As a new blogger, I never anticipated that our Visualizing our Food System post would spread so virally. It was incredible to see the response it provoked from people across a range of interests and varied demographic characteristics. Many of you commented that the graphic is complex, overwhelming, and difficult to navigate. These reactions are quite appropriate given that the very system which the map attempts to represent is in actuality all of those things.
I believe a large portion of the current issues we face stem largely from inefficiencies in the coordination, communication, information, and a concentration of power. Information is powerful because we rely upon it to make decisions that often affect much more than just ourselves. Historically, decision-making paradigms have been top-down with regard to what is considered expertise and how information flows within society. However, social networking and the blogosphere are radically changing these frameworks by empowering all citizens to share knowledge and have their voice heard.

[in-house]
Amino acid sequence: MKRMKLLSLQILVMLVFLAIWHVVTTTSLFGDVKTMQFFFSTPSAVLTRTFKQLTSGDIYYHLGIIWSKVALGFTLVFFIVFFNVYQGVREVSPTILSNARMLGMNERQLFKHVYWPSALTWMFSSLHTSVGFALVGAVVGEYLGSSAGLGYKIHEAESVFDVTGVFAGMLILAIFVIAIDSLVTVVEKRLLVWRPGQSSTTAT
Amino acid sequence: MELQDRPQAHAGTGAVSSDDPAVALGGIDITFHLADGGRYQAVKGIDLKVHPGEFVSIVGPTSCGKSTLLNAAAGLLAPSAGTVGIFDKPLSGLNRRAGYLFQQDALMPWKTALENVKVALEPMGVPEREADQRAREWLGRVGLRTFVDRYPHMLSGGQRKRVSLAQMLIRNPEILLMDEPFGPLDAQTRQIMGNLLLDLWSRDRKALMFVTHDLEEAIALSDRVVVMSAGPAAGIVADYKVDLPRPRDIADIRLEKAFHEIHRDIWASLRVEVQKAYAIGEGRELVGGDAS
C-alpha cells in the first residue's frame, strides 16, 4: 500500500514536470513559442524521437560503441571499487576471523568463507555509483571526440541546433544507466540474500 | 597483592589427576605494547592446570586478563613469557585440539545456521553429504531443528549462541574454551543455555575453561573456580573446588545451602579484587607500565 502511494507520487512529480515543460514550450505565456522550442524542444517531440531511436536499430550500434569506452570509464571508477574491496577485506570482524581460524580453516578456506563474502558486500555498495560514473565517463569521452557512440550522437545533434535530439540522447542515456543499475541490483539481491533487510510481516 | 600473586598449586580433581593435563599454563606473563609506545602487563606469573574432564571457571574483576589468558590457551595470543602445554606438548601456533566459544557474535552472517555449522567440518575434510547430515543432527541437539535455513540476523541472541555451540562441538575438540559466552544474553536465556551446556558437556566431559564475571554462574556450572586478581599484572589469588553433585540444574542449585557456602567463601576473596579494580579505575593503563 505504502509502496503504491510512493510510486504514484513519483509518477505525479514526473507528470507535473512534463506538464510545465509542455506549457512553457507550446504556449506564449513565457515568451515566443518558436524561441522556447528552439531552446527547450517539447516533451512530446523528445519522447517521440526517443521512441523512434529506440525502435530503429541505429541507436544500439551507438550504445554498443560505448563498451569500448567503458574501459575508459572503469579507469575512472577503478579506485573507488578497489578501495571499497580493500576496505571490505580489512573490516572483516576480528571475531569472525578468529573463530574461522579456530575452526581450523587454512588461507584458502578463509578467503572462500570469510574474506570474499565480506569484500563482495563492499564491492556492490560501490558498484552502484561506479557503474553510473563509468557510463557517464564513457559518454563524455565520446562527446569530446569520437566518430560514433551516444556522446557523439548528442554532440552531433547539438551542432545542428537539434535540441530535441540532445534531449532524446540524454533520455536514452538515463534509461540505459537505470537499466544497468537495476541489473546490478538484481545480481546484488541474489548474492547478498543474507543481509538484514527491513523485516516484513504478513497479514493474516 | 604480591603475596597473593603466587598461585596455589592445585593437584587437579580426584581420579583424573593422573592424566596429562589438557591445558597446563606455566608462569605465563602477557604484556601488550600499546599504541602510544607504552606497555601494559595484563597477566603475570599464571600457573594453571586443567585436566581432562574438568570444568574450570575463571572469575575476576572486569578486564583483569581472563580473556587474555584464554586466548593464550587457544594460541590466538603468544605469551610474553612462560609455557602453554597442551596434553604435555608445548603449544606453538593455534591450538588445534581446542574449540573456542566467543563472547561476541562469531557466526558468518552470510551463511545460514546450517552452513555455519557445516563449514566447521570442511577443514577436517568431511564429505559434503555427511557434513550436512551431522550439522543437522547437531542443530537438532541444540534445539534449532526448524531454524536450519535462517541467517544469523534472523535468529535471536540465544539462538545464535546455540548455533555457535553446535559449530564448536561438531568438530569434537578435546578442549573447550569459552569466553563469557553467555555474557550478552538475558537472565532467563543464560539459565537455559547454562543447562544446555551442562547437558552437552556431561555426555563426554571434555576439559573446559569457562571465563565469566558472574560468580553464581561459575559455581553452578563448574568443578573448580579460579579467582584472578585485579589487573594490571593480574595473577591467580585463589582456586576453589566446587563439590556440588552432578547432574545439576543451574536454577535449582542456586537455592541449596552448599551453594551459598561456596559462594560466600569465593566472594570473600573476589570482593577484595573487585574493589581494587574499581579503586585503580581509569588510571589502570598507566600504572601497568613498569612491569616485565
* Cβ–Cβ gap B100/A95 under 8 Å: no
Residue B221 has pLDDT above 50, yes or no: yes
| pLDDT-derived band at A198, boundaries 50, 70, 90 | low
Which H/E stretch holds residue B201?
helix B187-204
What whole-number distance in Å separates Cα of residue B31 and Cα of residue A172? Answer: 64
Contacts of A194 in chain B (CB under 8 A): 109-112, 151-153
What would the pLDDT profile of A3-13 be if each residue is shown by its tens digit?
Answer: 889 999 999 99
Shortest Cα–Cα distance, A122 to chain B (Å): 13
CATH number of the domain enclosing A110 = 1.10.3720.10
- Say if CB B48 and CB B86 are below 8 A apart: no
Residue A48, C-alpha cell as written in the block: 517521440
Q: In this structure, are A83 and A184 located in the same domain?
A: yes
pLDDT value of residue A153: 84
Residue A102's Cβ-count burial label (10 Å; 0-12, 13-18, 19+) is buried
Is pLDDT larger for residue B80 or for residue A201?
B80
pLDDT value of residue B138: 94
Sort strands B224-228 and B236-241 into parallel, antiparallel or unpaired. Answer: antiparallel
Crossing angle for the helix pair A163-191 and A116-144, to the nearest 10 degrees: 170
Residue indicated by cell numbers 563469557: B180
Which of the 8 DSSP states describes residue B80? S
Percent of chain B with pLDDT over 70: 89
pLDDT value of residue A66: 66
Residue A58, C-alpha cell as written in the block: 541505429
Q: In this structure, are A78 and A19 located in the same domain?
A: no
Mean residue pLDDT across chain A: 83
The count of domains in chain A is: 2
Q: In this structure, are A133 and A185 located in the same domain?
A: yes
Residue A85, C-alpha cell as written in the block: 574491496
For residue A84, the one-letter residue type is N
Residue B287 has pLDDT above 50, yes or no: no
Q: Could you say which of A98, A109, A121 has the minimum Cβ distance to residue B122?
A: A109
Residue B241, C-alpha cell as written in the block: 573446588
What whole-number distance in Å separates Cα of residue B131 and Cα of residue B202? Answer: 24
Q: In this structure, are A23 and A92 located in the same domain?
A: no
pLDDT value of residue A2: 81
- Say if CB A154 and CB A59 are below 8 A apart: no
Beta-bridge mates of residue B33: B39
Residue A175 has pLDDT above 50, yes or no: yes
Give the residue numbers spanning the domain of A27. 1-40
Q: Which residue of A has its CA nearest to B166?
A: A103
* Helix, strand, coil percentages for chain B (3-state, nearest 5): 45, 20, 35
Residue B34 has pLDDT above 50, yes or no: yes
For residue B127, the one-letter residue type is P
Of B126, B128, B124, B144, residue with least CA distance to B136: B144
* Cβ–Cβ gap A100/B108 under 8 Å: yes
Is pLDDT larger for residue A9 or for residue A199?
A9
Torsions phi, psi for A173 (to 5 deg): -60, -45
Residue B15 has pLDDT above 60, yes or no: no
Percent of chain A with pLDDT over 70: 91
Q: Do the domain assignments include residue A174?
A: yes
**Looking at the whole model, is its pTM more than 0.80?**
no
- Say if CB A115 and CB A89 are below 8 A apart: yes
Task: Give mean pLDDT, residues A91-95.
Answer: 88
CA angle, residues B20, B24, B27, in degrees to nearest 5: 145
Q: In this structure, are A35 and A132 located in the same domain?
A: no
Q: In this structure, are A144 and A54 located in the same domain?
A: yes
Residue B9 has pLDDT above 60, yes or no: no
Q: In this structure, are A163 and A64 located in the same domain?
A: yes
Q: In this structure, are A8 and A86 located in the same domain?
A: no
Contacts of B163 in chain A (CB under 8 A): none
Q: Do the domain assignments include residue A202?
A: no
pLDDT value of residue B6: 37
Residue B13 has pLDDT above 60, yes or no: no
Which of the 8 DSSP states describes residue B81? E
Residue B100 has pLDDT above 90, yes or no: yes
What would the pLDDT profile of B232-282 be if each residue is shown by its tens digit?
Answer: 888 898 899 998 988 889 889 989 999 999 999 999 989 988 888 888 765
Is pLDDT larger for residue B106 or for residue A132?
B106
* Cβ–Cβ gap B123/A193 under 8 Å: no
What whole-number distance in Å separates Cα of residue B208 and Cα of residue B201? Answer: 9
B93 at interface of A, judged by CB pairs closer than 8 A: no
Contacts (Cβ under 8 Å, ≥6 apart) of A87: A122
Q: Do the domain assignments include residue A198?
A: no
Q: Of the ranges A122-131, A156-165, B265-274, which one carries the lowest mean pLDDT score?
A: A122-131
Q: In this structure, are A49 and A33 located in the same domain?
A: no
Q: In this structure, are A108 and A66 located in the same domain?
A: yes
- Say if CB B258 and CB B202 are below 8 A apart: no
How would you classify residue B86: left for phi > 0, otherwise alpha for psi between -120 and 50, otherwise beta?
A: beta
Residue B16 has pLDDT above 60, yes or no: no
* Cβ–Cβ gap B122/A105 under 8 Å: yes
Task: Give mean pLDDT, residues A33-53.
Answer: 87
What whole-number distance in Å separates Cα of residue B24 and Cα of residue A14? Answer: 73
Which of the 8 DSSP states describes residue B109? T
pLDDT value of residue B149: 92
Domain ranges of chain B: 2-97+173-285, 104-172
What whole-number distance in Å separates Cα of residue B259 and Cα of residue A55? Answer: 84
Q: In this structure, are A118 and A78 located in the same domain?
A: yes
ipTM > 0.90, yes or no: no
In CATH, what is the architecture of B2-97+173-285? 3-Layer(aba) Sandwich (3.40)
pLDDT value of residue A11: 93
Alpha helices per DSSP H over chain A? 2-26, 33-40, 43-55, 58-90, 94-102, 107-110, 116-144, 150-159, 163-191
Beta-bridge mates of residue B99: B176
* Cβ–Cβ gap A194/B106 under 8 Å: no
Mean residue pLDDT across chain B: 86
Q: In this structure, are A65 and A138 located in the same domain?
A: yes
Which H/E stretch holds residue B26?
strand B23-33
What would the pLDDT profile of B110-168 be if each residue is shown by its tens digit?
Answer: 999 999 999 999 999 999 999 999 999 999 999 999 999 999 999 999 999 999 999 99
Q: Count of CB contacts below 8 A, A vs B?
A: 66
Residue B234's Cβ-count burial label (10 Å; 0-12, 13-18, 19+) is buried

The rapid and wide spread dissemination of the Global Food System Map serves as a wonderful demonstration of the opportunities the real-time web and information technology provide to disrupt our broken system and democratize information.
After posting the visualization to our blog, I subsequently tweeted about it, posted it on Facebook, and sent an email through a food listserv of which I am a member. Thanks to a number of influencers, the image was viewed 3,200 times the first day making us the fastest growing WordPress.com blog that day, and was viewed approximately 7,000 times in total the first week (to provide some context, our previous record number of views per day was 76).
Over the course of the week, 2,790 of the visits were referred to the site via some form of social media. The chart to the left provides a more in depth understanding of the traffic flow based on social media network.